It must have been two weeks ago when I came a cross the website of Nadia Turner, a very talented artist/illustrator from Australia. I remember when I saw her work I found it very 'catchy', as her style is so uniquely her own and it kinda stays with you once you have seen it.
I'm not sure why the images of her work leave such an impression. Of course her work is wonderfully made, but so are many other works .
The reason why the impression stays probably is the mysterious atmosphere surrounding the characters she depicts. All of them are women, who reminded me a lot of Indian gypsies filling their time with magic and music. The eyes of these woman have the most haunting expression which leave you a bit confused. And then there are also these sirene-like creatures constantly returning in most of her works.

I must say that it has been a long time ago that an artist left me so touched.....

Friday, January 16, 2009

There's No One As Irish as Barack Obama

Wow. This is marginally off-topic, though very folksy. I'm posting it mostly in case a good many of our readers might need a good grin. I'm not even sure what to say about this, other than: it makes me want to dance, and: Go folklore!

The song and video are by the Corrigan Brothers. Enjoy!

Andrew Wyeth is no longer with us

Andrew Wyeth, whose paintings and drawings had such impact on the developing mythology of America, has passed away at the age of 91 -- you can read more here. He died peacefully in his sleep.

No one else ever painted America with the keen insight and moodiness that Wyeth did. To share a quote from a family friend interviewed in the article I've linked to:

Andrew Wyeth is to me the most solidly American artist of the twentieth century. He continued steadfastly to invest his paintings with deep and metaphoric emotion even when it was completely unfashionable in the period of pop art and abstract expressionism, which was ironic, distant and cool.

Which is to say, he was an artist who never compromised.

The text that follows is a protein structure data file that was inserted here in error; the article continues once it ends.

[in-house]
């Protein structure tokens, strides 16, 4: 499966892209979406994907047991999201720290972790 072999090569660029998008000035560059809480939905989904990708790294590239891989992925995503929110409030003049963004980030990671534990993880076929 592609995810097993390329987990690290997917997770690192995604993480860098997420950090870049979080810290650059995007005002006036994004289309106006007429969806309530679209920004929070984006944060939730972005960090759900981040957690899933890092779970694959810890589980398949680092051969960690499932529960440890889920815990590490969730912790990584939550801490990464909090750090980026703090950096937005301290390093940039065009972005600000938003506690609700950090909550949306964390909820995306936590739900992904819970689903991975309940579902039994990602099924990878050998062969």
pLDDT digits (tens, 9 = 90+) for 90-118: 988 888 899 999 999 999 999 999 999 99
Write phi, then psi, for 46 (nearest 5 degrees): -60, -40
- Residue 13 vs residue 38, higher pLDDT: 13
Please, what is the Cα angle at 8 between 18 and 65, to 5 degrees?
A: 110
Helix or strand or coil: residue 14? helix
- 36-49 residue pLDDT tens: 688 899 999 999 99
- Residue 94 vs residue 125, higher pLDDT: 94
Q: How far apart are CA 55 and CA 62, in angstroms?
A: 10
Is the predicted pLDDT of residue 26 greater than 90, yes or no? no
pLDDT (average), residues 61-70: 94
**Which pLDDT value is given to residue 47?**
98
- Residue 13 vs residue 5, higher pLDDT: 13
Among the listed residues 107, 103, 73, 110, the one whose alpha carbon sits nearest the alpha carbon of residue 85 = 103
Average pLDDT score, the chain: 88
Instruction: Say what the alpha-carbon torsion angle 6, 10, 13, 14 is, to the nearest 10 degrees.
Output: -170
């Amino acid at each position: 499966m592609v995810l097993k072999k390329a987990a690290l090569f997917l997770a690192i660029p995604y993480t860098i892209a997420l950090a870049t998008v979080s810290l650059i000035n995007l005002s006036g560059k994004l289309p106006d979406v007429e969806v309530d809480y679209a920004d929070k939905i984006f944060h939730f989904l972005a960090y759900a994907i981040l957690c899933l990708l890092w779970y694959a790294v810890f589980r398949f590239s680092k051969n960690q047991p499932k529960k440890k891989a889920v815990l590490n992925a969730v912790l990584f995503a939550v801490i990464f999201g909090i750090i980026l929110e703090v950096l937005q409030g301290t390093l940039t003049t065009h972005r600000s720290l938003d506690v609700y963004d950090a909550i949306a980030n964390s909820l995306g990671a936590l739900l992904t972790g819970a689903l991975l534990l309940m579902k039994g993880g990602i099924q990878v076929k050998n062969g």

Please join me in a moment of silence to recognize his achievement and that now that he has moved on, we are down one of our great artists.

The painting shown above is Christina's World.

Thursday, January 15, 2009

Once upon a time there was an elephant and a dog...

Perhaps the greatest wonder these days is when two very different creatures on this planet share a friendship of pure love and trust. Tara and Bella's story brought tears of joy to my eyes.

Tuesday, January 13, 2009

Lord Dunsany meets old time radio

Stumbling through the Old Time Radio Catalog website, I happened upon the free episodes for the day (they are available for about three days, so you can get this one starting from January 13). Imagine my surprise to find an episode featured on the early Black Mass radio program titled "Lord Dunsany How the Enemy Came to Tlunrana"! One of Dante's Heart's favorite authors, Lord Dunsany wrote, among many other titles, The King of Elfland's Daughter, from which comes the famous line, "the fields we know" (recently invoked by Neil Gaiman in Stardust). You can listen to a very short radio rendering of "How the Enemy Came to Tlunrana" and perhaps consider our old forms of storytelling in the oral tradition and reading to family and friends in the evening on a cold winter's night such as we lately are enjoying.

Tuesday, January 6, 2009

Mystical Castles

I just can't resist sharing this dazzling image from National Geographic. It is a castle in Mittenwald, Bavaria, and so inviting not only for those human creatures passing in the cold but for the many ice sprites that surely creep through its windows during the long dark nights. The descending glory seems a touch of the numinous.

Monday, January 5, 2009

Poetry Contest: Update

Happy New Year! Here at Dante's Heart we are going to rock 2009.

Just a quick update on our poetry contest -- we have received many, many excellent entries, and so our reader is still reviewing them. We expect the contest results very soon. Please offer us your patience and keep checking in. We are excited for the results.

All the best,

Daniel Fusch, Ph.D.
Editor, Dante's Heart